This is an investigation of the effects of a shift from a well-balanced mixed diet to a lacto-vegetarian diet on the mutagenic activity in urine and feces. The participants were 20 normal-weight, non-smoking subjects (4 men and 16 women, mean age 44 years, range 27-61 years). The fecal samples were assayed for direct-acting mutagens with the fluctuation test for weak mutagens and the urinary samples were assayed with the same assay but with a metabolic activation system, a so-called S9 fraction. The switch from a mixed diet to a lacto-vegetarian diet was not a shift from a so-called high to a low risk diet for colon cancer but rather from a 'medium high risk diet' to a 'low risk diet', even though there were significant changes in nutrients and food components between the two diets. There was a decrease in fat (P = 0.009) and protein intake (P = 0.04) and an increase in total carbohydrate (P = 0.001), fiber (P = 0.001), calcium (P = 0.006) and vitamin C intake (P = 0.019). Among the food preparation methods the use of frying decreased (P = 0.02) and the habit of eating a raw vegetable meal increased (P = 0.05). Three months after the dietary shift the concentration of fecal direct-acting mutagens decreased significantly (P < 0.05), though the total mutagenic activity excreted in feces per 24 h was not different between the two diet periods. Both the concentration and the total amount of promutagens in the urine were decreased after 3 months on the lacto-vegetarian diet. The decrease in fecal mutagenic activity might be explained by a higher fiber intake, which leads to higher water content in feces and thereby a dilution of fecal mutagenic compounds.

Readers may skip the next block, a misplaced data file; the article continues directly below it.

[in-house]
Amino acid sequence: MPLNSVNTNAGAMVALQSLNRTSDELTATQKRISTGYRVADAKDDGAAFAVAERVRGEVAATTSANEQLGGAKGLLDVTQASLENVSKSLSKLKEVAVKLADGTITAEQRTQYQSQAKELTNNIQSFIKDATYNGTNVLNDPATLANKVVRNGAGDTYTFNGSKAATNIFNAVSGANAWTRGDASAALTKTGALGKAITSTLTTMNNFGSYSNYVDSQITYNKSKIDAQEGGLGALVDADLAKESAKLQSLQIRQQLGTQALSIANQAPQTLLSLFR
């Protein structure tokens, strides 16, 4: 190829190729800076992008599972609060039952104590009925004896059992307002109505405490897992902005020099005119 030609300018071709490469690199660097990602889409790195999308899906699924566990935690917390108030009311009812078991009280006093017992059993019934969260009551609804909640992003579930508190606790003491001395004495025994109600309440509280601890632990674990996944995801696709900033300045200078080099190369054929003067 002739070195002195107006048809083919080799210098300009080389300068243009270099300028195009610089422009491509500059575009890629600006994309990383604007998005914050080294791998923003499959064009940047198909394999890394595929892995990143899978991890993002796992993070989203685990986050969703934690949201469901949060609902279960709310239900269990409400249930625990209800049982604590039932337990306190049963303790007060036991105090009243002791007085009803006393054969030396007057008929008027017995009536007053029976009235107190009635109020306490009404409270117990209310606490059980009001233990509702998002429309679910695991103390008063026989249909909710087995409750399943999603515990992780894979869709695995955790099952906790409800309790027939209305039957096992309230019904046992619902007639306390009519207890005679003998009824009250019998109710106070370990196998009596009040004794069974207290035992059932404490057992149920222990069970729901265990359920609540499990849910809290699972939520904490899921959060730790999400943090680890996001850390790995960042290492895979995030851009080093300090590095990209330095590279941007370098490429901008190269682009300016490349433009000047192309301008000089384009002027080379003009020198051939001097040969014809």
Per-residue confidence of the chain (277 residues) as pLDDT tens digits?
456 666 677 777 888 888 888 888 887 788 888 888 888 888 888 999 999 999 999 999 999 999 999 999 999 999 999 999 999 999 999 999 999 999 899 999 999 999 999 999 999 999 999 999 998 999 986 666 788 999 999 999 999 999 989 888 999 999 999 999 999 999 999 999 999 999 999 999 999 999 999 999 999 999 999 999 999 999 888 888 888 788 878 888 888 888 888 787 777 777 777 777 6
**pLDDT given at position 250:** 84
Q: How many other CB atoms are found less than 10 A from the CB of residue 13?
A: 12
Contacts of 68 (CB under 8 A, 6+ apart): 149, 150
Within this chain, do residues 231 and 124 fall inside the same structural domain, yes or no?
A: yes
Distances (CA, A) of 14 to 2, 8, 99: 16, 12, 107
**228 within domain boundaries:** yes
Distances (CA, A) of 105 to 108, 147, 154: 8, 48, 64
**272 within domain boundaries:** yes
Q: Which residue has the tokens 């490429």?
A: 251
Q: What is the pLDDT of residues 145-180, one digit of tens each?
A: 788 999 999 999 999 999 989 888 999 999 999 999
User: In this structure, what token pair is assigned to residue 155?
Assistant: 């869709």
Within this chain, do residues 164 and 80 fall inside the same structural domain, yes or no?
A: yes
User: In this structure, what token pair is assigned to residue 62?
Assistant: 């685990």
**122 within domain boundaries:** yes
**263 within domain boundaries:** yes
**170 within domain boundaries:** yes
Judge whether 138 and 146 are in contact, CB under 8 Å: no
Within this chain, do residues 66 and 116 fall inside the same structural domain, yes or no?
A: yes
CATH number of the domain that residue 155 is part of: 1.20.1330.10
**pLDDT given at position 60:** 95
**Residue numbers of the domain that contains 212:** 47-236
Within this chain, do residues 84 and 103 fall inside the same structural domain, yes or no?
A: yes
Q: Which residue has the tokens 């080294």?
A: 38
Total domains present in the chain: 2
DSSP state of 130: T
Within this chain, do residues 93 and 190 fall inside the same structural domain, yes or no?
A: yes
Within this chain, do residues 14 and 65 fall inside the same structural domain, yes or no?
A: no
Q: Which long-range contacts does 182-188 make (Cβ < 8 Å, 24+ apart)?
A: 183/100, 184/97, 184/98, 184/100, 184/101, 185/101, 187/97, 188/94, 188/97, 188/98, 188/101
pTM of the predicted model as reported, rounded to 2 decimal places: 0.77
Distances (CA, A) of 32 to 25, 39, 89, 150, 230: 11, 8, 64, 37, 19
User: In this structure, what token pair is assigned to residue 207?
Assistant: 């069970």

ASJC Scopus subject areas
- Cancer Research